Minnesota Prairie Roots

Writing and photography by Audrey Kletscher Helbling

A forever road February 24, 2016

Filed under: Uncategorized — Audrey Kletscher Helbling @ 5:00 AM
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Minnesota State Highway 68 near Morgan.

Minnesota State Highway 68 near Morgan. Minnesota Prairie Roots file photo 2015.

WITHIN SOUTHWESTERN MINNESOTA, I occasionally travel sections of roadway that stretch visually into forever. One is the diagonal of State Highways 67 and 68 running from Evan through Morgan to Redwood Falls. It’s a distance of about 20 miles. But it seems much farther.

After years of following a section of that route back to my native Redwood County, I’ve realized that the flatness of the land along a road as straight as a ruler lengthens the distance in my mind.

Few farm places snug the highway. Trees stand only in groves sheltering farm sites. As far as I can see down the asphalt ribbon—and it’s a long ways—utility poles guard road ditches in precise vertical lines.

And because this roadway angles across the land rather than runs straight north or south, I feel geographically unbalanced. Any sense of direction is lost.

That all said, I delight in photographing forever roads like this which draw the viewer right into the scene. It’s as if I am writing poetry with my camera.

TELL ME, WHAT SECTION of roadway evokes this same reaction in you?

© 2015 Audrey Kletscher Helbling

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16 Responses to “A forever road”

  1. Beth Ann Says:

    I love the windy and twisty turny roads where I live now. I am getting quite good at navigating them and love the unexpectedness of what may lie ahead.

  2. You know me and my love for a great road photo – L-O-V-E 🙂 Right now I love going over the Bayside Bridge twice a day to commute to and from work. The Bay is beautiful along with the birdlife and the occasional dolphin sighting. I am probably going to miss it once I move closer to work and just have to take side streets to work. I will have to find a new stretch of road to love. Happy Day – Enjoy!

  3. Gunny Says:

    I have driven on roads up in Virginia that must have been made over old wagon trails, curving, turning back on themselves. I have driven on roads initially laid in by the Romans, straight as an arrow, My favorite road is a stretch of highway that rises and falls over the landscape like a ribbon, headed in a Southwestern direction. This road does have occasional landmarks on its 100 mile course reminding one of earlier times when pioneers passed by as nearly nothing beside the length is newer than 1900. The scenery is austere, breathtaking and the sunsets! Any hitchhiker on this road is worthy of your caution but is probably in need of your help. There are no intersecting roads. A hitchhiker, if found, would have been “dumped” there by someone else. The police, few and far between, race through this are when they are in the area to catch speeders, because (their) radios fail. For a driver, the temptation to speed through the area is very great as the open road beckons one to hurry the trip along. There are no gas stations along the way, nothing! Regardless of the month, dress for the occasion, ensure you have some water, engine coolant, motor oil and enough gasoline for the 100 mile trip. Other vehicles are few and far between. It is like having the roadway to yourself. In doing the speed limit, you will be passed. If stopped, in all probability, you will be passed. The drive is not challenging, rather pleasant. The vista is breathtaking only if one can appreciate it as one of God’s great works. True beauty is not always seen by those with heavy thoughts on their mind.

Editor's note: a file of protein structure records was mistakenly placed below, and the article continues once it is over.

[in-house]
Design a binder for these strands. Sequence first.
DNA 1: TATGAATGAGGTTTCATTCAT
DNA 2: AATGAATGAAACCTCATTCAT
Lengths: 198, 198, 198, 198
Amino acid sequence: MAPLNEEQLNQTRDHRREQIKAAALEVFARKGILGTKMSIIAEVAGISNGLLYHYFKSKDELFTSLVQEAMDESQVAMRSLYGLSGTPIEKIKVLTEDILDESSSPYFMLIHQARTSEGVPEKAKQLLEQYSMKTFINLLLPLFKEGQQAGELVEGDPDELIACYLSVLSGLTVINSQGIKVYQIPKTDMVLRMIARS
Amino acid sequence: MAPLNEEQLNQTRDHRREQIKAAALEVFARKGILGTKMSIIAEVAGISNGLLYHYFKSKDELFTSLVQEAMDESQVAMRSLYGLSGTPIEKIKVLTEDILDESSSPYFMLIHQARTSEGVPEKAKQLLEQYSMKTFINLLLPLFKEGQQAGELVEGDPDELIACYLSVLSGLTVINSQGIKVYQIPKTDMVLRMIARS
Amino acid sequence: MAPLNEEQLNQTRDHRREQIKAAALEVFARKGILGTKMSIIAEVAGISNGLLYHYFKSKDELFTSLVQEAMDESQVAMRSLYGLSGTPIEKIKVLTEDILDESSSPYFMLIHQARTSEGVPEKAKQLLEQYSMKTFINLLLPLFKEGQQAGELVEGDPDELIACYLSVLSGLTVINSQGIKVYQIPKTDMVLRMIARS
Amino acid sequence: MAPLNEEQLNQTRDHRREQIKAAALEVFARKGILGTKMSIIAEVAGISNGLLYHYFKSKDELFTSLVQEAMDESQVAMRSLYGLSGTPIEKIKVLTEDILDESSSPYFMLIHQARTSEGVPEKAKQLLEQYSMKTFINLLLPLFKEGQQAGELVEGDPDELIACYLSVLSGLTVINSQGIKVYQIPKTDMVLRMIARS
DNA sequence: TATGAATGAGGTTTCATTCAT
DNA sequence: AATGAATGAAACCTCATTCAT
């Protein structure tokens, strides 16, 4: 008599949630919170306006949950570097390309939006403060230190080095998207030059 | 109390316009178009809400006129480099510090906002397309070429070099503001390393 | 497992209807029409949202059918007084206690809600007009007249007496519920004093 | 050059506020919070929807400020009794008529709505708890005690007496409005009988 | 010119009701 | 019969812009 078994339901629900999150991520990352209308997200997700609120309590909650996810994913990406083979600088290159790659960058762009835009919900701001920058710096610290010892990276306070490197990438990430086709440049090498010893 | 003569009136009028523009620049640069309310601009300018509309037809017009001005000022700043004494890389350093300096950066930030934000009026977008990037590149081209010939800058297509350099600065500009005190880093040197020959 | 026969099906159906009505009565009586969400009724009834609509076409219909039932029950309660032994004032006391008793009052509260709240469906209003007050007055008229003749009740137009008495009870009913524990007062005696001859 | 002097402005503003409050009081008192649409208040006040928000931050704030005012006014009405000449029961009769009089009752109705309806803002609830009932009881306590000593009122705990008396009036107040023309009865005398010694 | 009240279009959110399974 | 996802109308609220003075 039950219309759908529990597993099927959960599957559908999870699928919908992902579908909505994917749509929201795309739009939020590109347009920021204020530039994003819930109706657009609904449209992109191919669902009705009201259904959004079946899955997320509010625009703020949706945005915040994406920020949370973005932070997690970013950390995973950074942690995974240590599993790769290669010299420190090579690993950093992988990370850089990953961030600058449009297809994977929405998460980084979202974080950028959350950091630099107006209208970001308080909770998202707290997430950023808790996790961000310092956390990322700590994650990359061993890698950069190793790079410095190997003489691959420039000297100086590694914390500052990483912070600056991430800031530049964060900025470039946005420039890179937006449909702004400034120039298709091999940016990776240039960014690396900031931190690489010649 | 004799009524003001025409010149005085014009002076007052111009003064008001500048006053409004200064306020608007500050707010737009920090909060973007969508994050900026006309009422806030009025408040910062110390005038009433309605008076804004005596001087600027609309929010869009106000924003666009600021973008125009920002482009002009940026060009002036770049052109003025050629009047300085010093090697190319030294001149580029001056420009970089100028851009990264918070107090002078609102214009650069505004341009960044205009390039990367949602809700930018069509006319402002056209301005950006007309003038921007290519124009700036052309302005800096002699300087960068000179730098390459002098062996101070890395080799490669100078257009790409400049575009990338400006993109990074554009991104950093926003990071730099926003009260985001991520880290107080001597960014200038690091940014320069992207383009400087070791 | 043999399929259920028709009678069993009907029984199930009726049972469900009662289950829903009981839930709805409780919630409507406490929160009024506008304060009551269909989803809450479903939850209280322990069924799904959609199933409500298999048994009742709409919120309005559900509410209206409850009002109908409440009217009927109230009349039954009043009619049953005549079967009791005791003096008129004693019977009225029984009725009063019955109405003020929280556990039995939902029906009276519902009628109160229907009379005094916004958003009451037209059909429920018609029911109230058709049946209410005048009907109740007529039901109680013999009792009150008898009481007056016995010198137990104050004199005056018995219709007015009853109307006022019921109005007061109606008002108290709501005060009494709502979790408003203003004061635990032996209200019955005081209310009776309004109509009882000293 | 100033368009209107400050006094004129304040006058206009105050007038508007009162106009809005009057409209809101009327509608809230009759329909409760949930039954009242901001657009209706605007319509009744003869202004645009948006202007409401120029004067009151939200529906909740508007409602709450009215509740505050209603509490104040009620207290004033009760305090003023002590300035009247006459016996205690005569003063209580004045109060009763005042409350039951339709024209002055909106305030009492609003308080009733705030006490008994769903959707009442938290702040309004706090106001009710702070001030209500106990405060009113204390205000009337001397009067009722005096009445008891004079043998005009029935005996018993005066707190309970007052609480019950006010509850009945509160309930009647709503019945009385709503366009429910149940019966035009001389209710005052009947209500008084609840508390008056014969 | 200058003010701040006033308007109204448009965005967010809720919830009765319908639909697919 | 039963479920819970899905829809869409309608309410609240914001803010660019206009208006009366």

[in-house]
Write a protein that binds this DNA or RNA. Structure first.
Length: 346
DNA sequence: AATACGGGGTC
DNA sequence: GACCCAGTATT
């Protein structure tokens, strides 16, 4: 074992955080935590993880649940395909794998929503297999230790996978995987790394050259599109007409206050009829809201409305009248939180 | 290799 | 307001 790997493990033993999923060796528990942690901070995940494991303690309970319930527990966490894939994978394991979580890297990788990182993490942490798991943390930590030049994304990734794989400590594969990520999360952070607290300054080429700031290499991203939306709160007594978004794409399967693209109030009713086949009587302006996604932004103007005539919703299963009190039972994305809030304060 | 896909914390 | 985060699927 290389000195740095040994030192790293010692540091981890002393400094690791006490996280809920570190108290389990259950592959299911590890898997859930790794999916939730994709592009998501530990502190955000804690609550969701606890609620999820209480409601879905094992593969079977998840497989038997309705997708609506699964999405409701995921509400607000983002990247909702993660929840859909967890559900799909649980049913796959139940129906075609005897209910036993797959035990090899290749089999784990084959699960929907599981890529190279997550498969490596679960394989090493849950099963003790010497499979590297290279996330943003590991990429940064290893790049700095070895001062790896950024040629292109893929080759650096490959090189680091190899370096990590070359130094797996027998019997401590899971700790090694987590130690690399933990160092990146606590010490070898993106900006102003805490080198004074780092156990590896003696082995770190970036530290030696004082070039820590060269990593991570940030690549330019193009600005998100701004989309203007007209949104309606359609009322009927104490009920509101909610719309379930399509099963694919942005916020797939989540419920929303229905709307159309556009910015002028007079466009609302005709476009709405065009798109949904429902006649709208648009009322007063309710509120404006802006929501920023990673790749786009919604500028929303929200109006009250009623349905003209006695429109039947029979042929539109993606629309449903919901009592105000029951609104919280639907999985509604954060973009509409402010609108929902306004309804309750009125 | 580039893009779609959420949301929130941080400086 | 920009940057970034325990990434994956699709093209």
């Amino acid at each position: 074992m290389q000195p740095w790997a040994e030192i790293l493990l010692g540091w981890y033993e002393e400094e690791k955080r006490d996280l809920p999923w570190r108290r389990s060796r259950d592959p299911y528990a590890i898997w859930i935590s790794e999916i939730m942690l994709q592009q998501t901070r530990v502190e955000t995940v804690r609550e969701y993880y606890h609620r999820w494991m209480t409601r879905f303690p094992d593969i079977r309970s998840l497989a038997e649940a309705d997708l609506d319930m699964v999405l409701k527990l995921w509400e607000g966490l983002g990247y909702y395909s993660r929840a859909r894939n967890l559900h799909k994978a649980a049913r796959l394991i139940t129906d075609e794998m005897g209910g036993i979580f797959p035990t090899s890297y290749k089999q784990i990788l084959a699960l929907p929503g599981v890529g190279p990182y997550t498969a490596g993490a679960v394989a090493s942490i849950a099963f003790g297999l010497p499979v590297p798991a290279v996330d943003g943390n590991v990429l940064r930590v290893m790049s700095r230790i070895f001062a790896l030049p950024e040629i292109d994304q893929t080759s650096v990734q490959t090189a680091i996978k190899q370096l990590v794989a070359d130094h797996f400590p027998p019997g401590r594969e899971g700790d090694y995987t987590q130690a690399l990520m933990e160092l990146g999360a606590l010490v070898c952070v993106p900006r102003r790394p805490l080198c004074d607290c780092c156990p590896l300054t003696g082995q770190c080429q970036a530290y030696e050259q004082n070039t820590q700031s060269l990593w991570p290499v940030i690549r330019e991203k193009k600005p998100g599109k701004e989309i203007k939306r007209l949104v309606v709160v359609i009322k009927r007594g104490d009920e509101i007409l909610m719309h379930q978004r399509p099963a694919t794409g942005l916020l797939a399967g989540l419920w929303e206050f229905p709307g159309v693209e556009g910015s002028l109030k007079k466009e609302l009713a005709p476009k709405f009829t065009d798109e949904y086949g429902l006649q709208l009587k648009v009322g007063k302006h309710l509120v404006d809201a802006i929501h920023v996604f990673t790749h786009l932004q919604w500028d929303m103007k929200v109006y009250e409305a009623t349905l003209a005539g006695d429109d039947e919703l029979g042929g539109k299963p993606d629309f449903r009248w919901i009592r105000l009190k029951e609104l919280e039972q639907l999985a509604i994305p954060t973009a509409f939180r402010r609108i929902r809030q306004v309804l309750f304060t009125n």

• This sounds like quite a road. I recall driving from Minnesota to Mandan, North Dakota, 22 years ago. The girls were five and seven, the son growing within me. We traveled mile upon mile without seeing a single house, a single gas station, only sky, roadway and wheat. The girls concluded that everyone lived in hotels. We encouraged them to nap to make the time go faster. But they declined, claiming they might miss something. What? I don’t know. I was quite happy to return to Minnesota and see corn fields again. And houses. And gas stations.

      • Gunny Says:

        First time on that road, I thought it would never end! Distance in that environment is deceiving. My “home” road in my life has been Interstate 40. I have been on every mile that has been built on that road, coast to coast, East to West & vice versa – several times. This road though has come to be a “comfort zone” despite it’s sheer lack of hospitality of any sort.

      • There is a certain comfort in traveling familiar roads.

  4. Don Says:

    There is a certain sort of beauty in a road were one can see for miles. I love the prairie and its wide open spaces. Granted the mountains and valleys around where I live here are beautiful but I get that closed in feeling from them.

  5. Looks like a country song

  6. Sue Ready Says:

    I see many lines in this blog that yearn to become a poem…
    straight as a ruler lengthens the distance in my mind.
    Few farm places snug the highway
    Audrey, your lines create many visual images in my head. Thanks for sharing.


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